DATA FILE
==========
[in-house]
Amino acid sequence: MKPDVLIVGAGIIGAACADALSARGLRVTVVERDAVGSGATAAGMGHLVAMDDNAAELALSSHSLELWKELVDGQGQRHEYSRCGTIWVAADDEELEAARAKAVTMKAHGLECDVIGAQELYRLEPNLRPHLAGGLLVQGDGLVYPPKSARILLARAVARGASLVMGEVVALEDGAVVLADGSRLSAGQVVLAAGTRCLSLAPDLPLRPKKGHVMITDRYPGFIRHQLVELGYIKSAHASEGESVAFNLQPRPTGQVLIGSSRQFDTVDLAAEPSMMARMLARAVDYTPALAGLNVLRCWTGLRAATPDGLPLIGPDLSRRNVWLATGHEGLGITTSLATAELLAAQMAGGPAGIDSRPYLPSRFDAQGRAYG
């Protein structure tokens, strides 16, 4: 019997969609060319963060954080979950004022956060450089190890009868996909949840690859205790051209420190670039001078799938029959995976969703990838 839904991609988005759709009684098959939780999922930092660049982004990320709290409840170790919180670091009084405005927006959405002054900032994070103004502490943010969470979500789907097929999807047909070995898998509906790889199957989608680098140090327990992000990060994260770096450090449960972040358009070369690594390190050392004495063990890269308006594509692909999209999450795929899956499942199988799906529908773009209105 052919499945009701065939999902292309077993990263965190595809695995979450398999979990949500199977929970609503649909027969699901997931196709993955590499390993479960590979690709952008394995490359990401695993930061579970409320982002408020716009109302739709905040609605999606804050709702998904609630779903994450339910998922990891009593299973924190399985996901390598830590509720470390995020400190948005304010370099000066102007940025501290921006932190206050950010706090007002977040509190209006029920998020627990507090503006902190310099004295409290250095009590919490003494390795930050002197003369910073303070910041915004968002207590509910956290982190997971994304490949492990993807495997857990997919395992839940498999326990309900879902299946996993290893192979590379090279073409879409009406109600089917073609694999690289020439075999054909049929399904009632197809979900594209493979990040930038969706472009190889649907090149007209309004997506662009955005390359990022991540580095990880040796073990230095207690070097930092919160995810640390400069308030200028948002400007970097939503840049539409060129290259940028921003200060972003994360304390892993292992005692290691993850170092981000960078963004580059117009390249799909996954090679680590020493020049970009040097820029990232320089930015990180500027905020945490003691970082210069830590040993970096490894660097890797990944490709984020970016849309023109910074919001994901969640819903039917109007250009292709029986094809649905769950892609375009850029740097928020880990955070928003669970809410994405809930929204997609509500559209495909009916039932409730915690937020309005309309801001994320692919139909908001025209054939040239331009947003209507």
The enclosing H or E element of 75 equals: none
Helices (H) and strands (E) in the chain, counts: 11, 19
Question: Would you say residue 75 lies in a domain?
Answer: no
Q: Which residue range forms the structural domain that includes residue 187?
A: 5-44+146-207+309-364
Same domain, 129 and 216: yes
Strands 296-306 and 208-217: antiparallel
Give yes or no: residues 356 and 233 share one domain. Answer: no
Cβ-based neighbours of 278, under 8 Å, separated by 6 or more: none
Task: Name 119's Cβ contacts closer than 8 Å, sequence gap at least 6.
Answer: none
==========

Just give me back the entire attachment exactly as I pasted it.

[in-house]
Amino acid sequence: MKPDVLIVGAGIIGAACADALSARGLRVTVVERDAVGSGATAAGMGHLVAMDDNAAELALSSHSLELWKELVDGQGQRHEYSRCGTIWVAADDEELEAARAKAVTMKAHGLECDVIGAQELYRLEPNLRPHLAGGLLVQGDGLVYPPKSARILLARAVARGASLVMGEVVALEDGAVVLADGSRLSAGQVVLAAGTRCLSLAPDLPLRPKKGHVMITDRYPGFIRHQLVELGYIKSAHASEGESVAFNLQPRPTGQVLIGSSRQFDTVDLAAEPSMMARMLARAVDYTPALAGLNVLRCWTGLRAATPDGLPLIGPDLSRRNVWLATGHEGLGITTSLATAELLAAQMAGGPAGIDSRPYLPSRFDAQGRAYG
């Protein structure tokens, strides 16, 4: 019997969609060319963060954080979950004022956060450089190890009868996909949840690859205790051209420190670039001078799938029959995976969703990838 839904991609988005759709009684098959939780999922930092660049982004990320709290409840170790919180670091009084405005927006959405002054900032994070103004502490943010969470979500789907097929999807047909070995898998509906790889199957989608680098140090327990992000990060994260770096450090449960972040358009070369690594390190050392004495063990890269308006594509692909999209999450795929899956499942199988799906529908773009209105 052919499945009701065939999902292309077993990263965190595809695995979450398999979990949500199977929970609503649909027969699901997931196709993955590499390993479960590979690709952008394995490359990401695993930061579970409320982002408020716009109302739709905040609605999606804050709702998904609630779903994450339910998922990891009593299973924190399985996901390598830590509720470390995020400190948005304010370099000066102007940025501290921006932190206050950010706090007002977040509190209006029920998020627990507090503006902190310099004295409290250095009590919490003494390795930050002197003369910073303070910041915004968002207590509910956290982190997971994304490949492990993807495997857990997919395992839940498999326990309900879902299946996993290893192979590379090279073409879409009406109600089917073609694999690289020439075999054909049929399904009632197809979900594209493979990040930038969706472009190889649907090149007209309004997506662009955005390359990022991540580095990880040796073990230095207690070097930092919160995810640390400069308030200028948002400007970097939503840049539409060129290259940028921003200060972003994360304390892993292992005692290691993850170092981000960078963004580059117009390249799909996954090679680590020493020049970009040097820029990232320089930015990180500027905020945490003691970082210069830590040993970096490894660097890797990944490709984020970016849309023109910074919001994901969640819903039917109007250009292709029986094809649905769950892609375009850029740097928020880990955070928003669970809410994405809930929204997609509500559209495909009916039932409730915690937020309005309309801001994320692919139909908001025209054939040239331009947003209507």
The enclosing H or E element of 75 equals: none
Helices (H) and strands (E) in the chain, counts: 11, 19
Question: Would you say residue 75 lies in a domain?
Answer: no
Q: Which residue range forms the structural domain that includes residue 187?
A: 5-44+146-207+309-364
Same domain, 129 and 216: yes
Strands 296-306 and 208-217: antiparallel
Give yes or no: residues 356 and 233 share one domain. Answer: no
Cβ-based neighbours of 278, under 8 Å, separated by 6 or more: none
Task: Name 119's Cβ contacts closer than 8 Å, sequence gap at least 6.
Answer: none